Since September, clubs across England and Wales have been delivering the new Premier League and BT Disability programme - engaging over 10,000 disabled people in the last 11 months.
One of the newest clubs to join the scheme is Albion in the Community, the official charity of Brighton & Hove Albion.
Visually impaired footballer Jacob has been with the club for the last three years.
"There's a company in Brighton called the Blatchington Court Trust and they sent my mum an email about disability football, so I went for a trial for the talent centre," says the 12-year-old.
"The first session was in a sports hall. It was futsal and it was just about being introduced to all the players. I was a little bit nervous but once I got into it my nerves went away.
"Usually at Albion they have a brighter ball and bibs on the posts, whereas in grassroots football you don't have that.
"It's helped me in that way, to see the ball, but it's also helped me to think about more aspects of my game."
Jacob feels he has now developed, both as a player and as a person.
"I play for a grassroots team as well as Albion and I play better," he says. "I've got more games for my team and I've scored a couple more.
"Football-wise it means almost everything. It's taught me how to play properly.
"I wasn't a very confident person before I got involved with Albion in the Community but it's boosted my confidence a lot.
"I usually play with people around my own age - 12 or 13. But because these are pan-disability sessions I’ve played with 16 and 17-year-olds now and it’s helped me progress more. I probably wouldn't have been able to do that before.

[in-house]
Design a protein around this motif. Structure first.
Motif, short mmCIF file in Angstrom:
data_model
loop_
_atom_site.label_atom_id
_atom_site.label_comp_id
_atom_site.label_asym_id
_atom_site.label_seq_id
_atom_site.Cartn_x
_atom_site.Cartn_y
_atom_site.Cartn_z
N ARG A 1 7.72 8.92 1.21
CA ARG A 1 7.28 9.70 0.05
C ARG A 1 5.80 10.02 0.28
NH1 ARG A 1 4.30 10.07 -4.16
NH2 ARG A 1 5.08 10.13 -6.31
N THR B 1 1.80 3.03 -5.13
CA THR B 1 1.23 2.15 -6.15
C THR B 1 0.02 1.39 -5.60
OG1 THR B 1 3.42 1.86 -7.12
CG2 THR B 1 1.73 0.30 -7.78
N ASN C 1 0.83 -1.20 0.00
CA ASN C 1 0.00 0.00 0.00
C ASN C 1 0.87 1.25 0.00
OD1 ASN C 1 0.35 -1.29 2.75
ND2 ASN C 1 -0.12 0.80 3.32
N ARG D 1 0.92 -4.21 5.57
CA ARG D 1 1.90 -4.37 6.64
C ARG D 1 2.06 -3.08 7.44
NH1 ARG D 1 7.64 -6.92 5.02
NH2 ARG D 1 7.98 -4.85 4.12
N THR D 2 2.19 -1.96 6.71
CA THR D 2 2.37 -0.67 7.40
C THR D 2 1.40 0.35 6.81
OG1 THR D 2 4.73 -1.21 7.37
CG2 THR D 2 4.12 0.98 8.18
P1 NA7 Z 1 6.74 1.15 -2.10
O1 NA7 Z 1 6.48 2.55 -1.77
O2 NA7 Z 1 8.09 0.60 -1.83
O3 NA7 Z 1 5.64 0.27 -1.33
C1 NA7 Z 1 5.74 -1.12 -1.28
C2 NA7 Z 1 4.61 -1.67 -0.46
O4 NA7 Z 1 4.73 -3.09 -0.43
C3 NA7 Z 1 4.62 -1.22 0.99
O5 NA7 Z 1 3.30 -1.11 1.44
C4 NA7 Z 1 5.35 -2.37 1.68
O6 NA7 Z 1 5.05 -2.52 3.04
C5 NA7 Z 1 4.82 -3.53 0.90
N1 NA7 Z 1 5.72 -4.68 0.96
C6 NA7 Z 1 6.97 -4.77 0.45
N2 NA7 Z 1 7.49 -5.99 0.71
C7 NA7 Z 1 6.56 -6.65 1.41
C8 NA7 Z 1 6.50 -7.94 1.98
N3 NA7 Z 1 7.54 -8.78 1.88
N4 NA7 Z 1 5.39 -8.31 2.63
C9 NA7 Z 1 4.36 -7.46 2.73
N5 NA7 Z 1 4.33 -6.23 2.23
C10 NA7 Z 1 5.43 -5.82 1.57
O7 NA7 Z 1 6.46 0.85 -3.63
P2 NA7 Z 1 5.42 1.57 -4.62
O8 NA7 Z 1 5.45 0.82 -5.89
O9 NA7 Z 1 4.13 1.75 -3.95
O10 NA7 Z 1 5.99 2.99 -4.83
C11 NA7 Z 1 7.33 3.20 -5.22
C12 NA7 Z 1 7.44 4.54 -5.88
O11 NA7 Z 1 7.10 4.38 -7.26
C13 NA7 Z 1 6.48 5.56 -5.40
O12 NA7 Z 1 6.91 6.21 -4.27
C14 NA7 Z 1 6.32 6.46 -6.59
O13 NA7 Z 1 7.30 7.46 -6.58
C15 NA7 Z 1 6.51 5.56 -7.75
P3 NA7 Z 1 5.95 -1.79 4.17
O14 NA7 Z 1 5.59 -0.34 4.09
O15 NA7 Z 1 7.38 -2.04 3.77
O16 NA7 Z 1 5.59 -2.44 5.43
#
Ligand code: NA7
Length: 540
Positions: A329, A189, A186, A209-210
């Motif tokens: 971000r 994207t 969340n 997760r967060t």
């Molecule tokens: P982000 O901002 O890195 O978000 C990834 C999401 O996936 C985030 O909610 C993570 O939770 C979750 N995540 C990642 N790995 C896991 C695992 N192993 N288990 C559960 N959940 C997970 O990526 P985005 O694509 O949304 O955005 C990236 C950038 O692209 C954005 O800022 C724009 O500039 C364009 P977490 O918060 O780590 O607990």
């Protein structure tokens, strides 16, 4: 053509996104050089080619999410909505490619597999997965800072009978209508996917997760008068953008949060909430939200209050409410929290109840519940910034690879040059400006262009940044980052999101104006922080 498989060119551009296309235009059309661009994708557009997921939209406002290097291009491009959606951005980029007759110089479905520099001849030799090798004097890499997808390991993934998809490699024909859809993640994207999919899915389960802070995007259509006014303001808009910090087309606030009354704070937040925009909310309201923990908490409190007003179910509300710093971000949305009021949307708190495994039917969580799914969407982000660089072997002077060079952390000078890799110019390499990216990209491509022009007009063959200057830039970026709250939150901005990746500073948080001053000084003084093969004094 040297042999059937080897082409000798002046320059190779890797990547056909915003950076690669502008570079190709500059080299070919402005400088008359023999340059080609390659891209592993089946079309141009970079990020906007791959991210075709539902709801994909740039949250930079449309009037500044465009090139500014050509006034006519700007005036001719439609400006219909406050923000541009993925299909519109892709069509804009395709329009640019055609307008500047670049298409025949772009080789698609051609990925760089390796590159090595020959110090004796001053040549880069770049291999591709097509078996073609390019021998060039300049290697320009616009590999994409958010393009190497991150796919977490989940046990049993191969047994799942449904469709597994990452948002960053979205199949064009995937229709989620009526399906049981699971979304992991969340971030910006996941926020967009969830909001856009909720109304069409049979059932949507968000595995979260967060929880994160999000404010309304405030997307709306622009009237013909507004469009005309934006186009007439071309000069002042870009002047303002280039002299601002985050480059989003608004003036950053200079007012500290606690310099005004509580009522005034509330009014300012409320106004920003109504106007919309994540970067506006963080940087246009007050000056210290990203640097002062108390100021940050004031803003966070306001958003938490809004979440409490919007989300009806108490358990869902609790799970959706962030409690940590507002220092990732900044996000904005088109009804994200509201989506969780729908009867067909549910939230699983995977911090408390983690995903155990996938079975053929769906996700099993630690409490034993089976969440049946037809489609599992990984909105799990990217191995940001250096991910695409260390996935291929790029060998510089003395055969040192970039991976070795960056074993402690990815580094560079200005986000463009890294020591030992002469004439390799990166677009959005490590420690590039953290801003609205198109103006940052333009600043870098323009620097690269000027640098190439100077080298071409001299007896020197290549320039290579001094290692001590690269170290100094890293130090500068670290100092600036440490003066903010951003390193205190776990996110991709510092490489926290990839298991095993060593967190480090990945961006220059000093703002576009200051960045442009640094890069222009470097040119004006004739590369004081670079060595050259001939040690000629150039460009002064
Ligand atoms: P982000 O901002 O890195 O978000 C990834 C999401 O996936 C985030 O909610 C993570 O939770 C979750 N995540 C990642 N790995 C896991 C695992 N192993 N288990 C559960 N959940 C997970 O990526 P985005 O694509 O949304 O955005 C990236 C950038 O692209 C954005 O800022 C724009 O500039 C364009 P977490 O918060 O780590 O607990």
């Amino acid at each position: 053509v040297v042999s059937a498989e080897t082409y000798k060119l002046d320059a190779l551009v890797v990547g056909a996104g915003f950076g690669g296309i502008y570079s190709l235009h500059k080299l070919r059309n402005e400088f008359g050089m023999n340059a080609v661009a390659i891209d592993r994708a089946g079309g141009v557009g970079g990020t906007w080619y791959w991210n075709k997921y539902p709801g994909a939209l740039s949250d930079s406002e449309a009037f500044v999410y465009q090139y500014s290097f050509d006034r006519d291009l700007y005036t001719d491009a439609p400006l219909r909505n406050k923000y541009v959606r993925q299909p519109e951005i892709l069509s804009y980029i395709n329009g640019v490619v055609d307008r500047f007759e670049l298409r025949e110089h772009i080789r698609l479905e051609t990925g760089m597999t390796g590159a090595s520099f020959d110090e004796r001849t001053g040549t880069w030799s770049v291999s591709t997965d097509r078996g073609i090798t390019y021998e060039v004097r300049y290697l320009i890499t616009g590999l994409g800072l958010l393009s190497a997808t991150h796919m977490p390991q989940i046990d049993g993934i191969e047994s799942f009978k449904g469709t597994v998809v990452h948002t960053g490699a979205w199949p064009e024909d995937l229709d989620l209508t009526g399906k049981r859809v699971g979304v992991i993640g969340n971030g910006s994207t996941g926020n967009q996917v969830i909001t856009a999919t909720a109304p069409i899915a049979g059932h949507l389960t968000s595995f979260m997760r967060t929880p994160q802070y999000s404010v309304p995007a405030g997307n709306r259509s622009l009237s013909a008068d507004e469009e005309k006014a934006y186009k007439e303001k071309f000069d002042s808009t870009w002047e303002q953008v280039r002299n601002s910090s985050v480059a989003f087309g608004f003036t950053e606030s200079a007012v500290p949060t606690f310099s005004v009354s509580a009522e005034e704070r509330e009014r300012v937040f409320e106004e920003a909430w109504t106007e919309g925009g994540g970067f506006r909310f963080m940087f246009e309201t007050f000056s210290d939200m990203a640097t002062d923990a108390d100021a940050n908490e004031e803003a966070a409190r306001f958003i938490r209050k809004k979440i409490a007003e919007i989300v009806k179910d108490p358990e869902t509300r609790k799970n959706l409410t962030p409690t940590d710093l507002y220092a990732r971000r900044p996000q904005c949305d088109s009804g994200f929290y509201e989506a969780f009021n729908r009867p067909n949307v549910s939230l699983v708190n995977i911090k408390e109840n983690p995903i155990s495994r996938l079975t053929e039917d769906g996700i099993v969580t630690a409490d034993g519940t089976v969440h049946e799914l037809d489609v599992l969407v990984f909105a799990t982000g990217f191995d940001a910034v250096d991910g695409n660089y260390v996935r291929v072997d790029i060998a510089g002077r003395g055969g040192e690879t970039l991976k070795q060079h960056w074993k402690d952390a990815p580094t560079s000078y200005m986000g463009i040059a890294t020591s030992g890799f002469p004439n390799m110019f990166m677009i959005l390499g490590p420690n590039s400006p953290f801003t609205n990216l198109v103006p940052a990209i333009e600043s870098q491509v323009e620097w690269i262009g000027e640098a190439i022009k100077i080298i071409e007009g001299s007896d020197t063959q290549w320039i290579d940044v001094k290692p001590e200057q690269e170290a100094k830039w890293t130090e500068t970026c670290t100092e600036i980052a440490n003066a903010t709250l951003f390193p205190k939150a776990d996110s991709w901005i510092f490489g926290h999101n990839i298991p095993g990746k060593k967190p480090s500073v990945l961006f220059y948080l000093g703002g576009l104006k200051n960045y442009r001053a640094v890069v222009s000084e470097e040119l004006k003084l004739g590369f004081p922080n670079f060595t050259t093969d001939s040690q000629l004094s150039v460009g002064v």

"It's made me more confident in myself, and believe more. I hope to keep going with Albion."
To mark the successful first year of the Premier League/BT Disability Sport initiative, participants from each of the clubs involved gathered together earlier this month for a Festival of Sport.
Jacob was chosen to represent his club at Stoke Mandeville Stadium.
"It's amazing. I didn't think I'd ever do that in my life," he says. "My mum actually booked it without me knowing so I didn't really know but it was pretty special to me.
"It's nice to meet other people who have a disability so you know you're not the only one out there."
Albion in the Community will now be able to make an impact on more people like Jacob in the years ahead as they join the PL/BT Disability Sport programme.
"It's a massive thing for us," said disability manager Paul Brackley. "We've been delivering disability football 20 years and it's the first time we've really had this kind of opportunity.
"To be mixing it in the Premier League and the possibilities that this funding will give to us in terms of some new clubs, driving our standards even higher and bringing new staff in - it's a massive opportunity."